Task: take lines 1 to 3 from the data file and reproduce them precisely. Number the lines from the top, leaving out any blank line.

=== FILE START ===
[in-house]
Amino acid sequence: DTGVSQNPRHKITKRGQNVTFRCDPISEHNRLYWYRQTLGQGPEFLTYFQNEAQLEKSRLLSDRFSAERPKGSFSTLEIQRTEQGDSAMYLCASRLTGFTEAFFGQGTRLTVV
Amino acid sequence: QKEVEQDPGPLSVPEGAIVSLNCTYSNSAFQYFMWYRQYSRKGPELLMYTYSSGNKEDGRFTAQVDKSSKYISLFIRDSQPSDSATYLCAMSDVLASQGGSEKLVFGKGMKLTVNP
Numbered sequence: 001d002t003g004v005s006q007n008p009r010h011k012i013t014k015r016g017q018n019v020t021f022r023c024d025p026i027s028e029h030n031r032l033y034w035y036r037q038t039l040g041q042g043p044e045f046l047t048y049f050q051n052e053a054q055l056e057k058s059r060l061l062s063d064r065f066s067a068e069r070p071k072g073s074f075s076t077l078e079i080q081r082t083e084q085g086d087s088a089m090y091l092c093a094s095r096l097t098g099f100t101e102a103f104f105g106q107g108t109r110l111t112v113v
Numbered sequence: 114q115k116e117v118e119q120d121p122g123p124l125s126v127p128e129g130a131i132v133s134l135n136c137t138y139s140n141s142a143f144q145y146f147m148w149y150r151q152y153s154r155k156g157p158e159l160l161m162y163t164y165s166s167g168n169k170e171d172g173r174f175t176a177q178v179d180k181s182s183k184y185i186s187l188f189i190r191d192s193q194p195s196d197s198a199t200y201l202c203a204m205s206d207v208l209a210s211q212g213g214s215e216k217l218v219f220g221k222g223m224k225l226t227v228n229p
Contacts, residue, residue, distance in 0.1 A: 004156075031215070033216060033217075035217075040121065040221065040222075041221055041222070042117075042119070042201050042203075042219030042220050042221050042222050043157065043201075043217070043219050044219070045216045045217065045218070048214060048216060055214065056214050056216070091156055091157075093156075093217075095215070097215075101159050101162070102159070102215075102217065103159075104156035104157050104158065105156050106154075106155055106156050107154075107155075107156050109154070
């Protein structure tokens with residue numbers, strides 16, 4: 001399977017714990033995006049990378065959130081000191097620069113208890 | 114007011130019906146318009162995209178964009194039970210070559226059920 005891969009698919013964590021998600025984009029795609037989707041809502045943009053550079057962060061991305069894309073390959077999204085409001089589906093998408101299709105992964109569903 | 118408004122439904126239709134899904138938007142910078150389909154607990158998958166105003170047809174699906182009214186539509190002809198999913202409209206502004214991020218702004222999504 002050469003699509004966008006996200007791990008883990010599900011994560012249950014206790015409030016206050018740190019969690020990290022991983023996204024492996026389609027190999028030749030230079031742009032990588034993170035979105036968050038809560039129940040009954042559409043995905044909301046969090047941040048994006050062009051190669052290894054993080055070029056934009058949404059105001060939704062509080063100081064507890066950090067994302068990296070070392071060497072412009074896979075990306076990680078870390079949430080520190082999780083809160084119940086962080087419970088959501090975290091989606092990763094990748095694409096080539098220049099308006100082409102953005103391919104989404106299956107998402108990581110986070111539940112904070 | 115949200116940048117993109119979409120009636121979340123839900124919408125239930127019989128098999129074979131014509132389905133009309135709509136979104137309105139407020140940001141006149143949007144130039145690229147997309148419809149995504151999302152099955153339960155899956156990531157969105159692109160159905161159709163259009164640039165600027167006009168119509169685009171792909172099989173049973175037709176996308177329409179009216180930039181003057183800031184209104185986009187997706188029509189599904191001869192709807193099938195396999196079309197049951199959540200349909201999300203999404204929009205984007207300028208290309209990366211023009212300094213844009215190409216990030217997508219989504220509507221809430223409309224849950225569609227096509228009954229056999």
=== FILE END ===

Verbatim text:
[in-house]
Amino acid sequence: DTGVSQNPRHKITKRGQNVTFRCDPISEHNRLYWYRQTLGQGPEFLTYFQNEAQLEKSRLLSDRFSAERPKGSFSTLEIQRTEQGDSAMYLCASRLTGFTEAFFGQGTRLTVV
Amino acid sequence: QKEVEQDPGPLSVPEGAIVSLNCTYSNSAFQYFMWYRQYSRKGPELLMYTYSSGNKEDGRFTAQVDKSSKYISLFIRDSQPSDSATYLCAMSDVLASQGGSEKLVFGKGMKLTVNP